Field operators often know or can calculate the pump gas
                                                                    usage and the glycol-to-water ratio. To determine the
Step 4: Estimate the quantity and value of gas savings
                                                                    quantity of water that needs to be removed (WR), refer to
Because electric pumps emit no methane, emissions                   Appendix A, which presents a set of empirically derived
savings from an electric pump installation are equal to the         curves. Using the gas inlet temperature and system
emissions from the gas-assisted pump being replaced. The            pressure, the saturated water content can be determined
quantity of avoided emissions can then be multiplied by             by reading the corresponding value where the psig curve
the market price of gas to determine the total value of gas         intersects the temperature. Subtract 4 lb/MMcf to 7 lb/
savings. Note: if the glycol dehydration unit has a flash           MMcf of water from the water content value to determine
tank separator, and a beneficial use for all gas recovered,         WR. The 4 lb/MMcf to 7 lb/MMcf water content limitation
then the gas savings might not, by itself, provide enough           is based on typical pipeline specifications for water content
justification for installing an electric pump.                      in the gas stream.

(A) Estimate methane emissions from gas-assisted                    To estimate the over circulation ratio, use a 1:1 ratio (OC =
pump.                                                               1) if there is no over circulation and a 2.1:1 ratio (OC = 2.1)
                                                                    if over circulation is an issue. These ratios are based on the
Estimating emissions is a two-step process, which consists
                                                                    average of measured ratios from 10 field units reported by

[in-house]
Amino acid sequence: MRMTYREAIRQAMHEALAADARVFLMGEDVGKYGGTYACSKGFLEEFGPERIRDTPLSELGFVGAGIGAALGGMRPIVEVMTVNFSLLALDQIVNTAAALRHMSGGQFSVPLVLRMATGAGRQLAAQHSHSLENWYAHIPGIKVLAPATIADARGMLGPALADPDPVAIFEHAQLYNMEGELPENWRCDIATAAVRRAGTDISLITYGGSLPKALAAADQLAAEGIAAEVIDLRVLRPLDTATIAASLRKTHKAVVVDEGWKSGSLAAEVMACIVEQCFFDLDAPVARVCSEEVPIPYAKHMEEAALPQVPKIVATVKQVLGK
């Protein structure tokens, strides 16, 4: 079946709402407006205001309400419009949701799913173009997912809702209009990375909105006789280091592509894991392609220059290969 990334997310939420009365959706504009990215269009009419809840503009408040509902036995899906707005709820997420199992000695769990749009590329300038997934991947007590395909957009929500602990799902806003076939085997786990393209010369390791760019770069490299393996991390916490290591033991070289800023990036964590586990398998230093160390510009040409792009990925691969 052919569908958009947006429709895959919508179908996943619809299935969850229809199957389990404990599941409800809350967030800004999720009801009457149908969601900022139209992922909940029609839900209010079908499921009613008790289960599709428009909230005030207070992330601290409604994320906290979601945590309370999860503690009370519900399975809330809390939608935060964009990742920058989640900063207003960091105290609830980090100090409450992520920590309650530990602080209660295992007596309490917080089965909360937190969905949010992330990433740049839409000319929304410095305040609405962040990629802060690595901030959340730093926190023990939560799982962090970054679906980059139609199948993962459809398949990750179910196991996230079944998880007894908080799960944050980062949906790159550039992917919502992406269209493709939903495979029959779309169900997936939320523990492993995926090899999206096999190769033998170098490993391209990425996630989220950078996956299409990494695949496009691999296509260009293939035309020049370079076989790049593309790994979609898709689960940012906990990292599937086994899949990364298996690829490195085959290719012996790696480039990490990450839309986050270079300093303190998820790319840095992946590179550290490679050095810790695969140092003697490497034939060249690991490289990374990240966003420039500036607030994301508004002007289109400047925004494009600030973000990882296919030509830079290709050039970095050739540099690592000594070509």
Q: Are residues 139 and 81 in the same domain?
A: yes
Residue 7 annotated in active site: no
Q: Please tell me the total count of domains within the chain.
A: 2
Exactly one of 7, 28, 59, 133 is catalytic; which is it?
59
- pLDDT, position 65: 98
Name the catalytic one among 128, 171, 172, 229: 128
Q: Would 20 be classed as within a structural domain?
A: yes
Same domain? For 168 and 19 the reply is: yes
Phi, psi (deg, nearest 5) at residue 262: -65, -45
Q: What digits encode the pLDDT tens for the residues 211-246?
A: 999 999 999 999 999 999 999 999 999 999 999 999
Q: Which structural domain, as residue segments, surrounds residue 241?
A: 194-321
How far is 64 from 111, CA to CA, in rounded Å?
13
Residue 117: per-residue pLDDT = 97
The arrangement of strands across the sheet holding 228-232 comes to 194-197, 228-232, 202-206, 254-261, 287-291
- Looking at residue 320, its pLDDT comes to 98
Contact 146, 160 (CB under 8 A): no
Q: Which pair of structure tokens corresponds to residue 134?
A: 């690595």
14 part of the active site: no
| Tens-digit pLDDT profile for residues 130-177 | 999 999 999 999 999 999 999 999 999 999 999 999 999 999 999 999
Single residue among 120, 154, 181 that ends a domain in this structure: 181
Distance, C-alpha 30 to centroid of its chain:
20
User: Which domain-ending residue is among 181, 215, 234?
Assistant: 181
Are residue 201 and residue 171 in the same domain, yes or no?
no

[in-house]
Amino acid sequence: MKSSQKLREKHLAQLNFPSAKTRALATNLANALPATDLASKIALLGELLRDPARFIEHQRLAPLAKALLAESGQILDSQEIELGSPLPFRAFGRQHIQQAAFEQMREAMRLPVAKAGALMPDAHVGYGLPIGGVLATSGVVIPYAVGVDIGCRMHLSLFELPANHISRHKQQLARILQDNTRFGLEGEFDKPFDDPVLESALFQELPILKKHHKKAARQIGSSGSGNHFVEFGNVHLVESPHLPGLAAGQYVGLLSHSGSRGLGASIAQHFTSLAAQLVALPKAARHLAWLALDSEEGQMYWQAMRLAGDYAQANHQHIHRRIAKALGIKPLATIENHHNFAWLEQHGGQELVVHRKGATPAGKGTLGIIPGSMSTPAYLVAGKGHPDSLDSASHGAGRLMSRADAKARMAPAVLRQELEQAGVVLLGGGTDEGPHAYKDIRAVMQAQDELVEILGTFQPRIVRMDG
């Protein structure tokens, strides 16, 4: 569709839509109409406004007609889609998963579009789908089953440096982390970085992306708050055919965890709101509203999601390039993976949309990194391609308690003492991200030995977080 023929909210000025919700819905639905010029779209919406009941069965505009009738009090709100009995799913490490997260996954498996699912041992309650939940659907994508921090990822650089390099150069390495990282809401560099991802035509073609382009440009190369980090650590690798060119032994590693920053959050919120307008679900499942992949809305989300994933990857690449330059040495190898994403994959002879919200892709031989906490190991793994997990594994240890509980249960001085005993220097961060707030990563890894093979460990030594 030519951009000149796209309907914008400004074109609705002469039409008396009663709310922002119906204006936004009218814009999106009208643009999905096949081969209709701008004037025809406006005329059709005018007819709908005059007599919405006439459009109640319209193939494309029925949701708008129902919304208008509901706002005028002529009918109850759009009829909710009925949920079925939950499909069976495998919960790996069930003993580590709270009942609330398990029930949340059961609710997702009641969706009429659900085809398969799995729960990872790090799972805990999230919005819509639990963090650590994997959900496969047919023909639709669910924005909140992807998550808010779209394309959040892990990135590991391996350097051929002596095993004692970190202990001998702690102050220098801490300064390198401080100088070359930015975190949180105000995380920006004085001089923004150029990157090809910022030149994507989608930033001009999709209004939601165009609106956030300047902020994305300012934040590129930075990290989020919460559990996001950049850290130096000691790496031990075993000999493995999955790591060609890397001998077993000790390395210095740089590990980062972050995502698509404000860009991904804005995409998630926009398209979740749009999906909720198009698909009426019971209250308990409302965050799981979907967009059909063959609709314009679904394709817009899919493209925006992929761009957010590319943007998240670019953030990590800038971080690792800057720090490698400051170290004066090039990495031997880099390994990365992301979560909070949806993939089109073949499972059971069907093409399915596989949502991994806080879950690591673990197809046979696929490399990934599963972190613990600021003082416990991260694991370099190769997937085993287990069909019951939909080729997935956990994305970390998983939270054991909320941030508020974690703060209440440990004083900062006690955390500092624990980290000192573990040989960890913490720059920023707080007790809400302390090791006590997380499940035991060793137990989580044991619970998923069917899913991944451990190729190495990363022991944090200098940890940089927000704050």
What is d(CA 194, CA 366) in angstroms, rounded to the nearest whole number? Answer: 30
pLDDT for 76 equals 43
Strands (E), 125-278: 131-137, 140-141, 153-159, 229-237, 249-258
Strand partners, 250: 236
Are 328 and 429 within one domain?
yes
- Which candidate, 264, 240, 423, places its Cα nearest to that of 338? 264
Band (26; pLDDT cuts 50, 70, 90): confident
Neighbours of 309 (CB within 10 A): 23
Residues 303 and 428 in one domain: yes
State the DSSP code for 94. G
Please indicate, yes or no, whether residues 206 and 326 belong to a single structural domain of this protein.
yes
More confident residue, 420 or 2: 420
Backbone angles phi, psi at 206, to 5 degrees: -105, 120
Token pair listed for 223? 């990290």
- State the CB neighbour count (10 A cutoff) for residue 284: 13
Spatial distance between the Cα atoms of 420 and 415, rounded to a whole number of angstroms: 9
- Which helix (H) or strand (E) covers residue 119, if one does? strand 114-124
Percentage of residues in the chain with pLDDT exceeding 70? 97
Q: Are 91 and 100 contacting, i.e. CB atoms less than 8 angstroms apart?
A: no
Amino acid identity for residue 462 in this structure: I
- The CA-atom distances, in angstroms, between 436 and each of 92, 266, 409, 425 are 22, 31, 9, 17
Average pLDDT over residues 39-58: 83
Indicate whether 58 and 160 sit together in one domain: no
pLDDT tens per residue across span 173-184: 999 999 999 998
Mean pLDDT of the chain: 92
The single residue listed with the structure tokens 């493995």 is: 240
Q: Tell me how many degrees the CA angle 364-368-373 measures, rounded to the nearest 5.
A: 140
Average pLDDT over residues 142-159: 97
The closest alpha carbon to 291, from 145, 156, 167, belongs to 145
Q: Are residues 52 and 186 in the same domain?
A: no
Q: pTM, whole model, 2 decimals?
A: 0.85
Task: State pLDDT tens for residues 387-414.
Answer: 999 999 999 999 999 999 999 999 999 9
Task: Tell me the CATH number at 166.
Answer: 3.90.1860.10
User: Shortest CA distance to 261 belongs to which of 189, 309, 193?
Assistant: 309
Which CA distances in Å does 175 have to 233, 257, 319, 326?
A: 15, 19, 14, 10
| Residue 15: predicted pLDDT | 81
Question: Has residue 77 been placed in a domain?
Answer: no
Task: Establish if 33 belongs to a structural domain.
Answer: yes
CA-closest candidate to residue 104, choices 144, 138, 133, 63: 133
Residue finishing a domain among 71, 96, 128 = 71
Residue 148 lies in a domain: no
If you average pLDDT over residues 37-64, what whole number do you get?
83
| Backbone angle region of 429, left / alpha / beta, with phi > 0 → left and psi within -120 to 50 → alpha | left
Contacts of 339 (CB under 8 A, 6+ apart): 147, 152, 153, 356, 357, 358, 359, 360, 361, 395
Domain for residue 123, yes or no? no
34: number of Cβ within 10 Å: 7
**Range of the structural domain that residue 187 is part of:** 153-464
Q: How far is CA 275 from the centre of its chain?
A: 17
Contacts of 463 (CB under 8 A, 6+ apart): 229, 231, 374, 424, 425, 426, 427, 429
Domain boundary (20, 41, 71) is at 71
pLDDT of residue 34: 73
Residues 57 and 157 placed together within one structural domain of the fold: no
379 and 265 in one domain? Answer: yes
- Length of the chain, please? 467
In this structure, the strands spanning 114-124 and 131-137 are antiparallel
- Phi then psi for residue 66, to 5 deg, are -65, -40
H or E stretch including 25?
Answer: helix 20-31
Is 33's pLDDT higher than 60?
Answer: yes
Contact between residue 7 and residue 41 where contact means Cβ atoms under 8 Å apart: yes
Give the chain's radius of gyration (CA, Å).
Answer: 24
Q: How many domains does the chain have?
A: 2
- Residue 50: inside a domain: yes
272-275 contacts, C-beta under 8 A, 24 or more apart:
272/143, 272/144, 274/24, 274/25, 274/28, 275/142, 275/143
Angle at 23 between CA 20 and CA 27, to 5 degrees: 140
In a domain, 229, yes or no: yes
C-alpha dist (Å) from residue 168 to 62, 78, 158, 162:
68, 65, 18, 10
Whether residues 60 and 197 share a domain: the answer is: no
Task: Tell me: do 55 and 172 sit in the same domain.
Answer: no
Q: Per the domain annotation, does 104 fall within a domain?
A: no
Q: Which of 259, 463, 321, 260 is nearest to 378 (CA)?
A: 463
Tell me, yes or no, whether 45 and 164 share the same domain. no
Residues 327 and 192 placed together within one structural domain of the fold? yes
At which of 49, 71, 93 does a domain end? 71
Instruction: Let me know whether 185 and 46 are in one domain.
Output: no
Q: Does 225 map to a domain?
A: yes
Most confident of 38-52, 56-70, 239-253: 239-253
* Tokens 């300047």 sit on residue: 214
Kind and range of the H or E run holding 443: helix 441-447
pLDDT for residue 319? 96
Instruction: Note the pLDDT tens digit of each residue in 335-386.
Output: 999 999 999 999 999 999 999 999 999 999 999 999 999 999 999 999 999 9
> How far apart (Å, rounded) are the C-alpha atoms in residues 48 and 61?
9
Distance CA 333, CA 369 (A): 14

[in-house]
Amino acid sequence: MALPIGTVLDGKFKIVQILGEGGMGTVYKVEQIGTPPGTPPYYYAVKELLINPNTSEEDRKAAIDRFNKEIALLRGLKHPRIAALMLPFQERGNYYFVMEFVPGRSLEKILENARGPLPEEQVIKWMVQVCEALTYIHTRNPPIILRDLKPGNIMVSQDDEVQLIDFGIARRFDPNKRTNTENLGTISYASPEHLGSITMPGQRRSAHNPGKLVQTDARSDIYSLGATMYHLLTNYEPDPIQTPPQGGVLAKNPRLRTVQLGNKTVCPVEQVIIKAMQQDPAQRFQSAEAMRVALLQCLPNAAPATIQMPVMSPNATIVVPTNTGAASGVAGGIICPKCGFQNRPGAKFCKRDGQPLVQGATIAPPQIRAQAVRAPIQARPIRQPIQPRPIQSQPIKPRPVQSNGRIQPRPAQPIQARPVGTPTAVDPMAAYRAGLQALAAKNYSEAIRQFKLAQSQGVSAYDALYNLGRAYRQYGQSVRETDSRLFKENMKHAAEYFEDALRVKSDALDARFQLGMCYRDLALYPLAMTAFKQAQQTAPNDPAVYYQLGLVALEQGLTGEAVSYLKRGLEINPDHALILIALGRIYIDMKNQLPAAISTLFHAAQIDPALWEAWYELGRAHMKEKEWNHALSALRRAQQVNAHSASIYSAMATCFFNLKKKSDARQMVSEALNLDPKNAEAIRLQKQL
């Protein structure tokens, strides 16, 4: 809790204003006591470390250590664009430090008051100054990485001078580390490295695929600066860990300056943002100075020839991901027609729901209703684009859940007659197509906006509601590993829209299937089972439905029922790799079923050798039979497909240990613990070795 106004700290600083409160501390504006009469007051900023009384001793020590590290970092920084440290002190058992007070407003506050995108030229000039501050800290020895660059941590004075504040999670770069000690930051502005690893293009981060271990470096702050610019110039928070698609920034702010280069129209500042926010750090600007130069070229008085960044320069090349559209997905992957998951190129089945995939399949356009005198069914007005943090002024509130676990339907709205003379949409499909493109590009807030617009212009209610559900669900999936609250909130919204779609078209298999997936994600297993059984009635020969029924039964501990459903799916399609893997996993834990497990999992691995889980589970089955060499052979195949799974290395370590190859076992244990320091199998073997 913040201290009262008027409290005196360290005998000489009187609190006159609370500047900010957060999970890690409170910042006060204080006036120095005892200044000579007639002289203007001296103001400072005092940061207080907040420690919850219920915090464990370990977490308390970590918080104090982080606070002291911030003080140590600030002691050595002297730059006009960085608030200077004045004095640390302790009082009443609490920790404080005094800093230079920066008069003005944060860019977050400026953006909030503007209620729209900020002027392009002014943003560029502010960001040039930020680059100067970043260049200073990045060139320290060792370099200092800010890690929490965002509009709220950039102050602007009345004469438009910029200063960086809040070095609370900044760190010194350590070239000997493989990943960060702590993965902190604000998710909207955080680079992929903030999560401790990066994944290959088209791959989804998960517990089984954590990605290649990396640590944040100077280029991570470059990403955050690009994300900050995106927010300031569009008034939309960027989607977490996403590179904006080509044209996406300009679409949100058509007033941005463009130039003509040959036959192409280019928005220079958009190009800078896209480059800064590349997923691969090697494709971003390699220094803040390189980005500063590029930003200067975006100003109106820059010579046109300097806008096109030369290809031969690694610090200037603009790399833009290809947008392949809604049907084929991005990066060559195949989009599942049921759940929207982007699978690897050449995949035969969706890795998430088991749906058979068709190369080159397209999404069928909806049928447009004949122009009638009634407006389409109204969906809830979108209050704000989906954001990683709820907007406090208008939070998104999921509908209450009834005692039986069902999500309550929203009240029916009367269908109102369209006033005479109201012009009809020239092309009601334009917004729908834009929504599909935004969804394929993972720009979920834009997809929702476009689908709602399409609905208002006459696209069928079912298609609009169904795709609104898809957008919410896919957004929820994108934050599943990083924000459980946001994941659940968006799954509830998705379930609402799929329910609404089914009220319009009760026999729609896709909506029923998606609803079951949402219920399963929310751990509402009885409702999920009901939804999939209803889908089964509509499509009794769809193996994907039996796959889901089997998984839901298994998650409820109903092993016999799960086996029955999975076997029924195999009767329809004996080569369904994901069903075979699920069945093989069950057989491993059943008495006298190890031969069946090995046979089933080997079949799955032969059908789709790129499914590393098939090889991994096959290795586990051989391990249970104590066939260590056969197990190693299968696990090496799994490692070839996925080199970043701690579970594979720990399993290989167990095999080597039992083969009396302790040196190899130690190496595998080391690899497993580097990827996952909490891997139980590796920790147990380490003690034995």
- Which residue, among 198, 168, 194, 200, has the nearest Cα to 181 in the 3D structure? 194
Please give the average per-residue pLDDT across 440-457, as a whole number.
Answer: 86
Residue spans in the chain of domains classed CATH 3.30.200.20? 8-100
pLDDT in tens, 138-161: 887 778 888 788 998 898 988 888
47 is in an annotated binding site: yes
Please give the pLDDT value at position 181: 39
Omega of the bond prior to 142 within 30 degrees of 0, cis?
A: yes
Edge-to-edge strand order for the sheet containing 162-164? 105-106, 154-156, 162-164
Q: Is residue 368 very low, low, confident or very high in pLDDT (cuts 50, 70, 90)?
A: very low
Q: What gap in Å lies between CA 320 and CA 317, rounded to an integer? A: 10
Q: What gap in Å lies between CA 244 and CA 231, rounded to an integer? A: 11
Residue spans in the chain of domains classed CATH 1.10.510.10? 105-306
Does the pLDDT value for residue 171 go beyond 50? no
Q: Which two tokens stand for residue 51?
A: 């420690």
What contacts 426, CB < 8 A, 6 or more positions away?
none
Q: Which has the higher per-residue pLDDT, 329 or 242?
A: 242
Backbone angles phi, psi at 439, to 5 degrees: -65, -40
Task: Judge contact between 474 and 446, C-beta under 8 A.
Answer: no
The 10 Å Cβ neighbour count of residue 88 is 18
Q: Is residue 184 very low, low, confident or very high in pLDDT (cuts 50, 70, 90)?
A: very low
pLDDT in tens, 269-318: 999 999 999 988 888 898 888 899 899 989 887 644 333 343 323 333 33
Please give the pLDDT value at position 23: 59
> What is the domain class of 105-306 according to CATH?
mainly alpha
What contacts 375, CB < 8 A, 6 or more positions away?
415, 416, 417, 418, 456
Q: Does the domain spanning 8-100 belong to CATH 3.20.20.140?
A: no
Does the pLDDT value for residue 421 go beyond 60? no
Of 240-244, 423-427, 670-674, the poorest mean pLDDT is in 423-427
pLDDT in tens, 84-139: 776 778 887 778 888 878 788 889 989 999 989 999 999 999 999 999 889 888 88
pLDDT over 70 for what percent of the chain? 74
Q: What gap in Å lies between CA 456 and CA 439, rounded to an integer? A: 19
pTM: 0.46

of calculating an emissions factor for the unit’s operational

Replace Gas-Assisted Glycol Pumps With Electric Pumps

the Gas Research Institute.                                     scf of natural gas per gallon of TEG.

Two examples of determining water removal (WR),                 Applying these data to the emissions factor formula results
emission factor (EF), and total emissions (TE) are provided     in a range of 318 to 668 scf gas emitted for every MMcf gas
on the pages that follow. Each example shows a range of         processed. Assuming the dehydrator processes 10 MMcf of
savings based upon the two different inlet assumptions.         wet gas daily, the additional volume of the gas recovered
Example 1 presents a high-pressure gas stream, and              would be 1,160 to 2,440 Mcf per year. Exhibit 6
Example 2 presents a low pressure stream.                       summarizes this example.

Example 1: High-Pressure Gas Stream:                            Example 2: Low-Pressure Gas Stream:
This example dehydration system has an inlet pressure of        The system uses an inlet pressure of 300 psig and a
800 psig, a temperature of 94º F, and a glycol-to-water         temperature of 94º F, and a glycol-to-water ratio of 3.0
ratio of 3.0 gallons of TEG per lb water recovered. Using       gallons of TEG per lb water recovered. Again referring to
Appendix A, the saturated water content for the gas             the Smith Industries’ curves (Appendix A), the water
stream is estimated by reading the corresponding value          content is about 130 lb per MMcf. Therefore, 123 lb of
where the 800-psig curve intersects the 95º F line. In this     water must be removed from the natural gas stream and
example, the water content is about 60 lb per MMcf.             absorbed by the TEG to meet the pipeline standards. In
Subtracting the pipeline requirement of 7 lb/MMcf, results      this example, the pump size is 3.0 BHP, and the pump gas
in 53 lb of water, which must be removed from the gas           usage is 2.8 scf of natural gas emitted per gallon of TEG.
stream and absorbed by the TEG. The pump gas usage is 2         Using the formula, an Emissions Factor (EF) of 1.03 to

                                                                   Exhibit 7: Example 2—Estimated Methane
   Exhibit 6: Example 1—Estimated Methane                         Emissions from a Glycol Dehydrator with Low
  Emissions from a Glycol Dehydrator with High                            Pressure (300 psi) Inlet Gas
          Pressure (800 psi) Inlet Gas

                                                                Where           EF = Emission Factor (scf natural gas emitted/
Where          EF = Emission Factor (scf natural gas emitted/                   MMcf gas processed)
               MMcf gas processed)                                              PGU = Pump Gas Usage (scf natural gas emitted/
               PGU = Pump Gas Usage (scf natural gas emitted/                   gallon of TEG)